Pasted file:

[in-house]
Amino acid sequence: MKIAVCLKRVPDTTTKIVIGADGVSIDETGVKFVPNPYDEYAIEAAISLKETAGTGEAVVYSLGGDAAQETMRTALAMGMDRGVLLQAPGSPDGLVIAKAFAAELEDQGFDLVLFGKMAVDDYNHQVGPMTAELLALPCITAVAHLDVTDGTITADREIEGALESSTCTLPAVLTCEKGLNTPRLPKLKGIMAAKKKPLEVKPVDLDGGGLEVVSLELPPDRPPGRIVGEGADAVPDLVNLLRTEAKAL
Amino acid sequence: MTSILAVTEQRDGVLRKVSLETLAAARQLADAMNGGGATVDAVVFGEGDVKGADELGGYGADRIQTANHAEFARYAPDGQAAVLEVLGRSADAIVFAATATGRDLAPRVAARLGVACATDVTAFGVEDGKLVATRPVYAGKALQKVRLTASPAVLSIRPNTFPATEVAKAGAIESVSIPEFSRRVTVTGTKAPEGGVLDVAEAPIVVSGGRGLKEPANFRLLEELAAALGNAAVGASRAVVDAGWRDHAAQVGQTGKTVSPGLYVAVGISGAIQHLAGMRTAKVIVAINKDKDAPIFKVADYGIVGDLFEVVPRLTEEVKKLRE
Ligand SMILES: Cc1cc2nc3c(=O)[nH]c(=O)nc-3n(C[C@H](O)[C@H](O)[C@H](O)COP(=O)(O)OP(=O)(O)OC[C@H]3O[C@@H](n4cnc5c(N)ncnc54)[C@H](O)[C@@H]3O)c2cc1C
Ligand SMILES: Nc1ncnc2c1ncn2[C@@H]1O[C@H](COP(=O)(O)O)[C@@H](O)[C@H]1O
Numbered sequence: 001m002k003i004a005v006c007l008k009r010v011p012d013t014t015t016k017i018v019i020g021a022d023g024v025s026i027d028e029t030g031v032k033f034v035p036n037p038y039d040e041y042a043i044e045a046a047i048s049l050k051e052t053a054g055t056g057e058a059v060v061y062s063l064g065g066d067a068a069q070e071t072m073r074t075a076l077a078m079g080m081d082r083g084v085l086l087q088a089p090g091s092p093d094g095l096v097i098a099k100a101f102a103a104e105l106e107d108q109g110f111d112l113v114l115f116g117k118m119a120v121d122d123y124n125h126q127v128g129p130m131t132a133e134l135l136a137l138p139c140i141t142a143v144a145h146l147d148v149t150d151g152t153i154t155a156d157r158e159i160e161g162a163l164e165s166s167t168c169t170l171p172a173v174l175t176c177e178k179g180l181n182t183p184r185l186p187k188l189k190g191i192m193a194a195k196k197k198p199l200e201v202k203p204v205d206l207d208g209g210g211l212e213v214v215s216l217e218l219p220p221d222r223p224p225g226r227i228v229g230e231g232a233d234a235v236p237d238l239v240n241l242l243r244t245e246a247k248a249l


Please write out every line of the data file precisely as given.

[in-house]
Amino acid sequence: MKIAVCLKRVPDTTTKIVIGADGVSIDETGVKFVPNPYDEYAIEAAISLKETAGTGEAVVYSLGGDAAQETMRTALAMGMDRGVLLQAPGSPDGLVIAKAFAAELEDQGFDLVLFGKMAVDDYNHQVGPMTAELLALPCITAVAHLDVTDGTITADREIEGALESSTCTLPAVLTCEKGLNTPRLPKLKGIMAAKKKPLEVKPVDLDGGGLEVVSLELPPDRPPGRIVGEGADAVPDLVNLLRTEAKAL
Amino acid sequence: MTSILAVTEQRDGVLRKVSLETLAAARQLADAMNGGGATVDAVVFGEGDVKGADELGGYGADRIQTANHAEFARYAPDGQAAVLEVLGRSADAIVFAATATGRDLAPRVAARLGVACATDVTAFGVEDGKLVATRPVYAGKALQKVRLTASPAVLSIRPNTFPATEVAKAGAIESVSIPEFSRRVTVTGTKAPEGGVLDVAEAPIVVSGGRGLKEPANFRLLEELAAALGNAAVGASRAVVDAGWRDHAAQVGQTGKTVSPGLYVAVGISGAIQHLAGMRTAKVIVAINKDKDAPIFKVADYGIVGDLFEVVPRLTEEVKKLRE
Ligand SMILES: Cc1cc2nc3c(=O)[nH]c(=O)nc-3n(C[C@H](O)[C@H](O)[C@H](O)COP(=O)(O)OP(=O)(O)OC[C@H]3O[C@@H](n4cnc5c(N)ncnc54)[C@H](O)[C@@H]3O)c2cc1C
Ligand SMILES: Nc1ncnc2c1ncn2[C@@H]1O[C@H](COP(=O)(O)O)[C@@H](O)[C@H]1O
Numbered sequence: 001m002k003i004a005v006c007l008k009r010v011p012d013t014t015t016k017i018v019i020g021a022d023g024v025s026i027d028e029t030g031v032k033f034v035p036n037p038y039d040e041y042a043i044e045a046a047i048s049l050k051e052t053a054g055t056g057e058a059v060v061y062s063l064g065g066d067a068a069q070e071t072m073r074t075a076l077a078m079g080m081d082r083g084v085l086l087q088a089p090g091s092p093d094g095l096v097i098a099k100a101f102a103a104e105l106e107d108q109g110f111d112l113v114l115f116g117k118m119a120v121d122d123y124n125h126q127v128g129p130m131t132a133e134l135l136a137l138p139c140i141t142a143v144a145h146l147d148v149t150d151g152t153i154t155a156d157r158e159i160e161g162a163l164e165s166s167t168c169t170l171p172a173v174l175t176c177e178k179g180l181n182t183p184r185l186p187k188l189k190g191i192m193a194a195k196k197k198p199l200e201v202k203p204v205d206l207d208g209g210g211l212e213v214v215s216l217e218l219p220p221d222r223p224p225g226r227i228v229g230e231g232a233d234a235v236p237d238l239v240n241l242l243r244t245e246a247k248a249l